HardwareAssistedAddressSanitizer Design Documentation

This page is a design document for HardwareAssistedAddressSanitizer (or HWASAN) a tool similar to AddressSanitizer, but based on partial hardware assistance.

The document is a draft, suggestions are welcome.


AddressSanitizer tags every 8 bytes of the application memory with a 1 byte tag (using shadow memory), uses redzones to find buffer-overflows and quarantine to find use-after-free. The redzones, the quarantine, and, to a less extent, the shadow, are the sources of AddressSanitizer’s memory overhead. See the AddressSanitizer paper for details.

AArch64 has the Address Tagging, a hardware feature that allows software to use 8 most significant bits of a 64-bit pointer as a tag. HardwareAssistedAddressSanitizer uses Address Tagging to implement a memory safety tool, similar to AddressSanitizer, but with smaller memory overhead and slightly different (mostly better) accuracy guarantees.


  • Every heap/stack/global memory object is forcibly aligned by N bytes (N is e.g. 16 or 64)
  • For every such object a random K-bit tag T is chosen (K is e.g. 4 or 8)
  • The pointer to the object is tagged with T.
  • The memory for the object is also tagged with T (using a N=>1 shadow memory)
  • Every load and store is instrumented to read the memory tag and compare it with the pointer tag, exception is raised on tag mismatch.


Memory Accesses

All memory accesses are prefixed with a call to a run-time function. The function encodes the type and the size of access in its name; it receives the address as a parameter, e.g. __hwasan_load4(void *ptr); it loads the memory tag, compares it with the pointer tag, and executes __builtin_trap (or calls __hwasan_error_load4(void *ptr)) on mismatch.

It’s possible to inline this callback too.


Tagging the heap memory/pointers is done by malloc. This can be based on any malloc that forces all objects to be N-aligned.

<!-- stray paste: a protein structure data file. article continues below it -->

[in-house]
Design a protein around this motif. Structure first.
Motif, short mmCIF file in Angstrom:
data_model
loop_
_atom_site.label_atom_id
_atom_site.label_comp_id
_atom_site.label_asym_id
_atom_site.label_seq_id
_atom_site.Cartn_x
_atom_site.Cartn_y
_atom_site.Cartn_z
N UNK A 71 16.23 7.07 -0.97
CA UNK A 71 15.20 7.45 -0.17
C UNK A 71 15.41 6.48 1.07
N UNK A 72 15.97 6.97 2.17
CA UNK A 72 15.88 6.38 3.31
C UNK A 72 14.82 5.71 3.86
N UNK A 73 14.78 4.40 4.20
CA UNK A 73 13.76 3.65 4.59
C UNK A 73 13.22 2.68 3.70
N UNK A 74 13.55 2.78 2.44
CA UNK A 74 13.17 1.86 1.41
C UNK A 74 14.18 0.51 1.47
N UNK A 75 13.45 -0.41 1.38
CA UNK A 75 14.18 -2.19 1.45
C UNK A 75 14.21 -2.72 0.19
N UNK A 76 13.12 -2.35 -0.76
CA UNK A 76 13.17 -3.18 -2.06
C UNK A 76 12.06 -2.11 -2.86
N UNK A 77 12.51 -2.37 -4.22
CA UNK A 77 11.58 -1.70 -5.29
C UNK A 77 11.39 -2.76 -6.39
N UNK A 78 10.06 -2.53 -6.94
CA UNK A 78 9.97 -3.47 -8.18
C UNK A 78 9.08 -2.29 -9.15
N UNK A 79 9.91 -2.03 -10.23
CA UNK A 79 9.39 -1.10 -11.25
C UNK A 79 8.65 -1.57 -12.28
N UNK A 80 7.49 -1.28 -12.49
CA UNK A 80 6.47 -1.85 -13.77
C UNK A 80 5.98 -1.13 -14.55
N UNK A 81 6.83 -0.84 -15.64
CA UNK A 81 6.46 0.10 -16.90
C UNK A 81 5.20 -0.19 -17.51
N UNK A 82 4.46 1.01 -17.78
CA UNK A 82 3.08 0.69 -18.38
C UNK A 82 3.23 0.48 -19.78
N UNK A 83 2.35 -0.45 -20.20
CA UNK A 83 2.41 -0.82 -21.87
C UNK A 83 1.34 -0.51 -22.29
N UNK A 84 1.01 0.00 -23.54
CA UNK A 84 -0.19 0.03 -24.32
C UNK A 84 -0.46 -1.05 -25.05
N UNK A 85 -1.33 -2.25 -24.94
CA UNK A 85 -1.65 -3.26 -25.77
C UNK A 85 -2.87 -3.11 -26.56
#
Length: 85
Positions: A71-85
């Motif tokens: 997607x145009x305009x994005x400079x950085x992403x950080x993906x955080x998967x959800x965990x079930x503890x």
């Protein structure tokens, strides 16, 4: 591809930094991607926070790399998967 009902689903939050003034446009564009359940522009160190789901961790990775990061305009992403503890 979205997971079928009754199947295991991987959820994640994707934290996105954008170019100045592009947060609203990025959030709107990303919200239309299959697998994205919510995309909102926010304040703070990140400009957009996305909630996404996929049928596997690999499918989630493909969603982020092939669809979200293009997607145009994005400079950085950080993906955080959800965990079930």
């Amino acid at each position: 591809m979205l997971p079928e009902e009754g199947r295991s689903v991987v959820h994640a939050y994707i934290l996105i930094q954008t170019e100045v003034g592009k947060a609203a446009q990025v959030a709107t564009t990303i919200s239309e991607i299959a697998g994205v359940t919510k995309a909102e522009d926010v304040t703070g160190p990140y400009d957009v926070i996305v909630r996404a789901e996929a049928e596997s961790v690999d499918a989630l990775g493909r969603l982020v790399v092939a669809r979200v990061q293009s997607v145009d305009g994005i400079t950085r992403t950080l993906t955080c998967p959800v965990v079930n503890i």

Special compiler instrumentation is required to align the local variables by N, tag the memory and the pointers. Stack instrumentation is expected to be a major source of overhead, but could be optional. TODO: details.


TODO: details.

Error reporting

Errors are generated by __builtin_trap and are handled by a signal handler.

Comparison with AddressSanitizer

  • Is less portable than AddressSanitizer as it relies on hardware Address Tagging (AArch64). Address Tagging can be emulated with compiler instrumentation, but it will require the instrumentation to remove the tags before any load or store, which is infeasible in any realistic environment that contains non-instrumented code.
  • May have compatibility problems if the target code uses higher pointer bits for other purposes.
  • May require changes in the OS kernels (e.g. Linux seems to dislike tagged pointers passed from address space).
  • Does not require redzones to detect buffer overflows, but the buffer overflow detection is probabilistic, with roughly (2**K-1)/(2**K) probability of catching a bug.
  • Does not require quarantine to detect heap-use-after-free, or stack-use-after-return. The detection is similarly probabilistic.

The memory overhead of HardwareAssistedAddressSanitizer is expected to be much smaller than that of AddressSanitizer: 1/N extra memory for the shadow and some overhead due to N-aligning all objects.